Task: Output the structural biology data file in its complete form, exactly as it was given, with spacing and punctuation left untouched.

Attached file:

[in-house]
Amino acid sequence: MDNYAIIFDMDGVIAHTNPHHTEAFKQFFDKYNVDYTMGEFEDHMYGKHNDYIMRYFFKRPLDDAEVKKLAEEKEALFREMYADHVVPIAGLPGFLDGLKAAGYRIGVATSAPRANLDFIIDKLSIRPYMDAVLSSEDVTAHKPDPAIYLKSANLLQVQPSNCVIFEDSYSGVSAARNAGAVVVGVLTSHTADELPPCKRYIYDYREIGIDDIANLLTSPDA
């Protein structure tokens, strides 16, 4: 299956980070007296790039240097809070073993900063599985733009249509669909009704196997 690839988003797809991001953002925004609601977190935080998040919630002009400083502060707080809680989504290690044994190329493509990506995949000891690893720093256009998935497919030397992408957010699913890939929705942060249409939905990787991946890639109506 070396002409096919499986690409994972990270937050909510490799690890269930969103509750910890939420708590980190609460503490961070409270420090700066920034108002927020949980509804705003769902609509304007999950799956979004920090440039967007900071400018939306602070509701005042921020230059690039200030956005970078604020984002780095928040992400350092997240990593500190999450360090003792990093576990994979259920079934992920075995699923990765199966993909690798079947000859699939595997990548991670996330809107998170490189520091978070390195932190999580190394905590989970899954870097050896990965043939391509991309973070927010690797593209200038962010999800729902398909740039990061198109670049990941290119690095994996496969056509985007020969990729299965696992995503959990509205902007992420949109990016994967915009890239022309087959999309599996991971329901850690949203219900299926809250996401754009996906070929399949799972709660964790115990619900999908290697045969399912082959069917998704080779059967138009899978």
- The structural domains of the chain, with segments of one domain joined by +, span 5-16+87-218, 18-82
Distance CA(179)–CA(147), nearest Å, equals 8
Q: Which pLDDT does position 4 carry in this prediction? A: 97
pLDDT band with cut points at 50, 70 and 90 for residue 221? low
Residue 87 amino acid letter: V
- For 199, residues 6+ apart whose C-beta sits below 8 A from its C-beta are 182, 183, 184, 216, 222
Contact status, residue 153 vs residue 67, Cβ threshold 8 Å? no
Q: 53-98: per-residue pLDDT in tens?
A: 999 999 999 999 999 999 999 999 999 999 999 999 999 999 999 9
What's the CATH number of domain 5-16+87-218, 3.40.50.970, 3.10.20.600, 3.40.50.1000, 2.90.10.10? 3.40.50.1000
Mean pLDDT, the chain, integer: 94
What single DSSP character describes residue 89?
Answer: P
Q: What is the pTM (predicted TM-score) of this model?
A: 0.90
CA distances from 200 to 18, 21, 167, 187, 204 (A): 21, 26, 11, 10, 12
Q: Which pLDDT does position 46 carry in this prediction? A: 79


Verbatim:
[in-house]
Amino acid sequence: MDNYAIIFDMDGVIAHTNPHHTEAFKQFFDKYNVDYTMGEFEDHMYGKHNDYIMRYFFKRPLDDAEVKKLAEEKEALFREMYADHVVPIAGLPGFLDGLKAAGYRIGVATSAPRANLDFIIDKLSIRPYMDAVLSSEDVTAHKPDPAIYLKSANLLQVQPSNCVIFEDSYSGVSAARNAGAVVVGVLTSHTADELPPCKRYIYDYREIGIDDIANLLTSPDA
């Protein structure tokens, strides 16, 4: 299956980070007296790039240097809070073993900063599985733009249509669909009704196997 690839988003797809991001953002925004609601977190935080998040919630002009400083502060707080809680989504290690044994190329493509990506995949000891690893720093256009998935497919030397992408957010699913890939929705942060249409939905990787991946890639109506 070396002409096919499986690409994972990270937050909510490799690890269930969103509750910890939420708590980190609460503490961070409270420090700066920034108002927020949980509804705003769902609509304007999950799956979004920090440039967007900071400018939306602070509701005042921020230059690039200030956005970078604020984002780095928040992400350092997240990593500190999450360090003792990093576990994979259920079934992920075995699923990765199966993909690798079947000859699939595997990548991670996330809107998170490189520091978070390195932190999580190394905590989970899954870097050896990965043939391509991309973070927010690797593209200038962010999800729902398909740039990061198109670049990941290119690095994996496969056509985007020969990729299965696992995503959990509205902007992420949109990016994967915009890239022309087959999309599996991971329901850690949203219900299926809250996401754009996906070929399949799972709660964790115990619900999908290697045969399912082959069917998704080779059967138009899978």
- The structural domains of the chain, with segments of one domain joined by +, span 5-16+87-218, 18-82
Distance CA(179)–CA(147), nearest Å, equals 8
Q: Which pLDDT does position 4 carry in this prediction? A: 97
pLDDT band with cut points at 50, 70 and 90 for residue 221? low
Residue 87 amino acid letter: V
- For 199, residues 6+ apart whose C-beta sits below 8 A from its C-beta are 182, 183, 184, 216, 222
Contact status, residue 153 vs residue 67, Cβ threshold 8 Å? no
Q: 53-98: per-residue pLDDT in tens?
A: 999 999 999 999 999 999 999 999 999 999 999 999 999 999 999 9
What's the CATH number of domain 5-16+87-218, 3.40.50.970, 3.10.20.600, 3.40.50.1000, 2.90.10.10? 3.40.50.1000
Mean pLDDT, the chain, integer: 94
What single DSSP character describes residue 89?
Answer: P
Q: What is the pTM (predicted TM-score) of this model?
A: 0.90
CA distances from 200 to 18, 21, 167, 187, 204 (A): 21, 26, 11, 10, 12
Q: Which pLDDT does position 46 carry in this prediction? A: 79